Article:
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Part of becoming a good leader is to be a good follower. Staff officers make hundreds of decisions daily to form a single recommendation to the boss; however, after months of working in the staff you may tend to drift away from being a “good subordinate” and go back to old habits. To avoid this problem you can consider using a checklist that John Hammond, in his article, The Hidden Traps in Decision Making, outlines.

These are the Eight Traps and how they apply to becoming a good joint staff planner and developing a good subordinate style. As you go through them, think about how many times you have fallen into one of them. (Taken from an Army point of view, but they apply to all services)

Anchoring: it is giving more importance to the first information received. This is the bias to lean toward Army solutions first. To overcome the trap you should seek out the opinion of staff officers from the other sister services and avoid talking to Army representatives only.

Status Quo: This is the bias to perpetuate the status quo in favor of new and innovative solutions that may show more promise, but would require additional staff work to develop. A way to overcome this trap as a joint staff officer is to always re-validate the status quo in the event that it is selected as the best course of action.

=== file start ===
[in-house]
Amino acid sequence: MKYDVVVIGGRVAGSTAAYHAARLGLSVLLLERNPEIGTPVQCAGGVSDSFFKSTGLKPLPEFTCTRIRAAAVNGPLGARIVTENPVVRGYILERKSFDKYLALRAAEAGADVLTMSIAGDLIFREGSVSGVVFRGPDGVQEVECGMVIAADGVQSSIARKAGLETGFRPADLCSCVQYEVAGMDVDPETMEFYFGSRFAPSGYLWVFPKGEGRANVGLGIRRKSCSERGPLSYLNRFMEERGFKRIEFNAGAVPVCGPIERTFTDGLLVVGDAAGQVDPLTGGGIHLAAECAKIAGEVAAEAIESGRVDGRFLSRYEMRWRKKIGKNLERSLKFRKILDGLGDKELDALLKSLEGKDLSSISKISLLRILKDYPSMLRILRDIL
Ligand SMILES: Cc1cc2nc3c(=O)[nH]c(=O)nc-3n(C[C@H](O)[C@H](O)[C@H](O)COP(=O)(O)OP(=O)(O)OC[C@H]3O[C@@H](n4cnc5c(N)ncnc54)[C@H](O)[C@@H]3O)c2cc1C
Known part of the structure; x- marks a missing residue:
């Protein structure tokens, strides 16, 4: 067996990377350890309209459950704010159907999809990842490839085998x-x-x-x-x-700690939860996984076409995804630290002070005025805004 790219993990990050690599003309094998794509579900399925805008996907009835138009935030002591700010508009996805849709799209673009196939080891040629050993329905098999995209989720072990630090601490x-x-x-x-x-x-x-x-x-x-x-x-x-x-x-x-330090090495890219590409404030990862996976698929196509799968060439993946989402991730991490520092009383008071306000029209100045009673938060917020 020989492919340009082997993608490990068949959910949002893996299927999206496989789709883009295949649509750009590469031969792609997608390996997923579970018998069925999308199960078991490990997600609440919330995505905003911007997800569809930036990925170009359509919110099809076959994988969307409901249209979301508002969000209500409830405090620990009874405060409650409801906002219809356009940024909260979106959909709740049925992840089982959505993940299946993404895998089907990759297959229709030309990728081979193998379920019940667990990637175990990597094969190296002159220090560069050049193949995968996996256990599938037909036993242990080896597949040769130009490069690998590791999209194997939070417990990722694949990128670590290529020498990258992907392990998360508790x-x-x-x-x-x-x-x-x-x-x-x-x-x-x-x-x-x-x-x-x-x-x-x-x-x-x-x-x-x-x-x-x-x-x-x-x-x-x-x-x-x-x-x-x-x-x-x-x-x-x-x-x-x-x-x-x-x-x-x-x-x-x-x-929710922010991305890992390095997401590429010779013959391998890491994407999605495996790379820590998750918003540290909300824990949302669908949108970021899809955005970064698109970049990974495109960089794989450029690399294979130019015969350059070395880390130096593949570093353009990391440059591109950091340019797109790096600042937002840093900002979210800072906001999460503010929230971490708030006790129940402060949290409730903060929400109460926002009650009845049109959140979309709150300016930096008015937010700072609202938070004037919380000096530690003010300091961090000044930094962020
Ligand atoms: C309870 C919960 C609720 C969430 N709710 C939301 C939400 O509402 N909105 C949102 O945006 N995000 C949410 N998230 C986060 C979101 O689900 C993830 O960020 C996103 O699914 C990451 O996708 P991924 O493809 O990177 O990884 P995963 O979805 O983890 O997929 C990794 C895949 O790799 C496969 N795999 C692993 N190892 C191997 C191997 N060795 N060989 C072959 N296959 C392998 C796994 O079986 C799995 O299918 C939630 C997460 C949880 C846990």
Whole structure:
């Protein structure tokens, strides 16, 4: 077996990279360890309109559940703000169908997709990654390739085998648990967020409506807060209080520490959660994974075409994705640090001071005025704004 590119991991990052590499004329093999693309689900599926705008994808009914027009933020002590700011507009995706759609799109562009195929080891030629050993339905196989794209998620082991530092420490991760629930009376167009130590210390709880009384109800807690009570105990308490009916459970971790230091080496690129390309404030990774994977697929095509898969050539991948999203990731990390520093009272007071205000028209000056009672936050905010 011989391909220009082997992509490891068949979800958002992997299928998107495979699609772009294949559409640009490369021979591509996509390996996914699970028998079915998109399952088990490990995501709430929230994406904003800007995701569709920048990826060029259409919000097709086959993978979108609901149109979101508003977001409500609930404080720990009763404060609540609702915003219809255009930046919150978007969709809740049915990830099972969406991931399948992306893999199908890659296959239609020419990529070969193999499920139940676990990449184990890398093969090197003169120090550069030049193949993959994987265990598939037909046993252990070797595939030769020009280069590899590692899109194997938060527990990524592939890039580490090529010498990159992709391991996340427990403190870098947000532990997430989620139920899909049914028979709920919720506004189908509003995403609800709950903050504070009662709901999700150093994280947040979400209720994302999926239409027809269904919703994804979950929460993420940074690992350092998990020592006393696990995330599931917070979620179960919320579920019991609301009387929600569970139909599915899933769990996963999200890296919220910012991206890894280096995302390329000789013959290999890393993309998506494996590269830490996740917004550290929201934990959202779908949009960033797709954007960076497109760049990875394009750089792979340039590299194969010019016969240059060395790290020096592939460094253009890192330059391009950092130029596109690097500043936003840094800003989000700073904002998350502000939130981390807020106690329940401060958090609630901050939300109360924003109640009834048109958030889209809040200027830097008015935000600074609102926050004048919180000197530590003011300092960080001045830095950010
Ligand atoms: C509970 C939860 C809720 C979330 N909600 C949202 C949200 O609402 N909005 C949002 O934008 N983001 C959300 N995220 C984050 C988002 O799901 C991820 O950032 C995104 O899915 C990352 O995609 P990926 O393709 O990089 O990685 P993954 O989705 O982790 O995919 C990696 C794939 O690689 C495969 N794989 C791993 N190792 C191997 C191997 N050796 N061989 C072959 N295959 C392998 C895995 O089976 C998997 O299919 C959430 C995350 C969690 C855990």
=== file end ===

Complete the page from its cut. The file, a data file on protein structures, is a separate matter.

Sunk Cost: This is when a staff officer continues to build upon a failed analysis simply because too many resources have already been dedicated to the effort. The best way to overcome this trap is by the thorough documentation of your position using valid facts and accurate data. There is nothing like the truth to prove your point.

Confirming Evidence: This trap occurs when the diligent staff officer has an issue to prove and only seeks out the facts and data that support his position and disregards any facts that prove him otherwise. The best way to overcome this trap is by involving disinterested officers from the other services and command structures to assists in the review of solutions.

Framing: This is the problem we face when presenting issues, problems and solutions from the aspect of one service only. Your job as a joint staff planner is to remain focused and resolve the problem by framing the question so that each of the services have an opportunity to provide a viable solution and not frame the question so that only one service can participate.

Overconfidence: This is common with a joint staff officer that is too willing to please his boss and accepts assignment that exceeds his capabilities. To overcome this trap you must have the courage to keep your boss informed of your abilities in order for him to maintain confidence in you…and not overconfidence.

Prudence: It's the trap of building a cushion of time for a suspense in order to be on the safe side. Sometimes the timeline remaining becomes almost impossible to meet because of the excessive “safety cushion.” By remaining honest and truthful with your boss on your capabilities, that cushion of safety can become considerably smaller.

Recallability: It is the bias of changing the way you make estimates based on things you remember best. The best way to overcome this trap is to use statistics and facts to make points and not the most recent memories.

These eight traps are just the kind of checklist to confirm or deny your progress as an effective joint staff officer.

Just thought I would share this with the group, hope it is useful.

Rics
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Source: http://www.hbsp.harvard.edu/products/hbr/sepoct98/98505.html
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